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Collection Meeting of Frontiers

Russian Discovery

This essay was published in 2000 as part of the original Meeting of Frontiers website.

Bering, Chirikov, and Gvozdev


Although Danish by birth, Vitus Jonassen Bering (1681-1741) spent most of his adult life in the Russian navy. In 1725, shortly before his death, Peter the Great instructed Bering to prove definitely that Siberia was separated from North America and to find the nearest European settlement in the New World. During the First Kamchatka Expedition (1725-30), Bering and his assistant lieutenant, Aleksei Chirikov (1703-48), sailed north along the coast of Kamchatka, and in August 1728 passed between the two continents. Convinced of the existence of a large landmass to the east, the Russian government decided to form a second expedition that would explore this territory. Sailing in two ships, Bering and Chirikov landed at several places along the Aleutian Islands and the coast of the North American mainland between June and September 1741. On the return voyage, Bering's ship was forced to land on one of the Commander Islands east of Kamchatka where he and many of his crew died of scurvy.

Unlike the expeditions of Bering and Chirikov, the exploration of the Alaskan coast by Mikhail Gvozdev has not entered into popular history. Motivated as much by the desire to discover new sources of fur as by scientific curiosity, Gvozdev and his crew reached the shore of the North American mainland in late August 1732. Although strong winds prevented them from landing, they were able to learn about the "Big Land," as it was called, from native Alaskans who rowed out to their ship. Information about this voyage was recorded in the logbooks of the pilot, Ivan Fedorov, and in the reports of Gvozdev to the Admiralty Board in St. Petersburg.

Spain and Russia in the West

Responding to the exaggerated fears voiced by Father Jose Torrubia and others, Spain extended its presence along the Pacific. Establishing missions and presidios throughout California, the Spanish reached as far north as Nootka Sound (Vancouver Island) in 1787. Preoccupation with Russia caused Spain to underestimate British and American advances, which increased once John Ledyard announced the high prices received for furs in China.

Jose Torrubia

[The Muscovites in California, or rather, Demonstration of the passage from North America recently discovered by the Russians and of the ancient one of the peoples who migrated there from Asia] Rome, Jose Torrubia, 1759. LC Rare Book Collections.

Born in Granada, Spain, in 1698, Jose Torrubia entered the Franciscan Order in 1714. He was sent to the missions in the Philippines in 1720 and remained there for some 13 years, serving as the president of the convent of Polo, as a book evaluator for the Holy Office of the Inquisition, and as secretary general of the Franciscan provinces in the Philippines. After a two-year assignment in Madrid, Torrubia was sent as missionary to Santo Evangelio province in Mexico, where he befriended the well-known historian Jose Antonio Villasenor. Known for his astute powers of observation and writing talent, Torrubia was appointed chief archivist and chronicler of the Franciscan Order in 1752. He wrote volume nine of the general chronicles of the Order, providing detailed information about the missions in the Far East and the Americas. In the midst of compiling volume ten, he took time off to compose one of his most important works, I Moscoviti nella California. In English, the full title is The Muscovites in California or Rather Demonstration of the Passage from North America Discovered by the Russians, and of the Ancient One of the Peoples Who Transmigrated There from Asia.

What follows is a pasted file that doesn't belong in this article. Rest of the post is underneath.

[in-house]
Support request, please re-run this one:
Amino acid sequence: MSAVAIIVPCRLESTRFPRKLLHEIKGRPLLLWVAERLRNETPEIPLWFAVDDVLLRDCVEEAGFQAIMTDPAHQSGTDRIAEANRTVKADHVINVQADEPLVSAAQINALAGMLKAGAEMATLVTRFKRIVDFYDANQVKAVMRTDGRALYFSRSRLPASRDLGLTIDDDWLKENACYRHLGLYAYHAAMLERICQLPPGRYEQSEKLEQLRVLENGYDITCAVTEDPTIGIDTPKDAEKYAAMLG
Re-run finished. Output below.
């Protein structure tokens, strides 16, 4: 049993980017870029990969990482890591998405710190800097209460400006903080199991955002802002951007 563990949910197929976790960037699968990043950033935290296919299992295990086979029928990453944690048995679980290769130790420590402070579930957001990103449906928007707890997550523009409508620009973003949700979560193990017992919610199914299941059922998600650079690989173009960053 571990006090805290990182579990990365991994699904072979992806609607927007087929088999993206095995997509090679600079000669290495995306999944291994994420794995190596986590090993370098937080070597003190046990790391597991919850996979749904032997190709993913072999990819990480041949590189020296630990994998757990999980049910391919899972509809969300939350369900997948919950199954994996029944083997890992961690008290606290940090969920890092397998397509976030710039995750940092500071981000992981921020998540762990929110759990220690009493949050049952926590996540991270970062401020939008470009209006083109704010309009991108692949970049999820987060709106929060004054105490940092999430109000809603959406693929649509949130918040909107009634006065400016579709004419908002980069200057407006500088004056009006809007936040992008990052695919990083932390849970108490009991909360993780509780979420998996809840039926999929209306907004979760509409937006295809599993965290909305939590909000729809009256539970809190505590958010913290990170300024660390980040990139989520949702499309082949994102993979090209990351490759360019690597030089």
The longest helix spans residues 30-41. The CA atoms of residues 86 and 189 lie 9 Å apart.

Whereas Torrubia's numerous other publications appeared in his native Spanish, I Moscoviti nella California was written in Italian, probably because at that time he was residing in Rome as the commissary general of the Franciscan Order at the Holy See. Despite the language, I Moscoviti nella California was read widely in the Spanish-speaking world and had an important impact on Spanish foreign policy.

Torrubia viewed the Russian exploration and colonization of the Pacific coast of North America as a serious threat to New Spain, ignoring the much greater threat of English penetration into the region. Thus Torrubia contributed to the Spanish court's misapprehensions about Russian intentions in North America, which distracted Spain from the real threat. Despite this strategic blunder, Torrubia's work was remarkable for its comprehensiveness in tracing the history of Russian exploration of the Far East and North America and for popularizing the theory that the Americas had been peopled from Siberia via Alaska. In the book's dedication to Friar Clemente da Palermo, Torrubia writes:

"Being at present, as it happens, occupied, in order to satisfy my office of General Chronicler of the Order, in the formation of the tenth volume of our Chronicles in which I have to speak of the Founding of the great Province of the Holy Gospel of Mexico and as a consequence of the first inhabitants of America I have gathered authentic and very singular documents in order to prove that the transmigration to those countries was done by the peoples who inhabited that part which now is called Russian Tataria, I did not hesitate to adhere to the referred system of the Academy, while I am convinced that the Russians or the Muscovites can easily enter by land to our North America, and arrive by sea to California."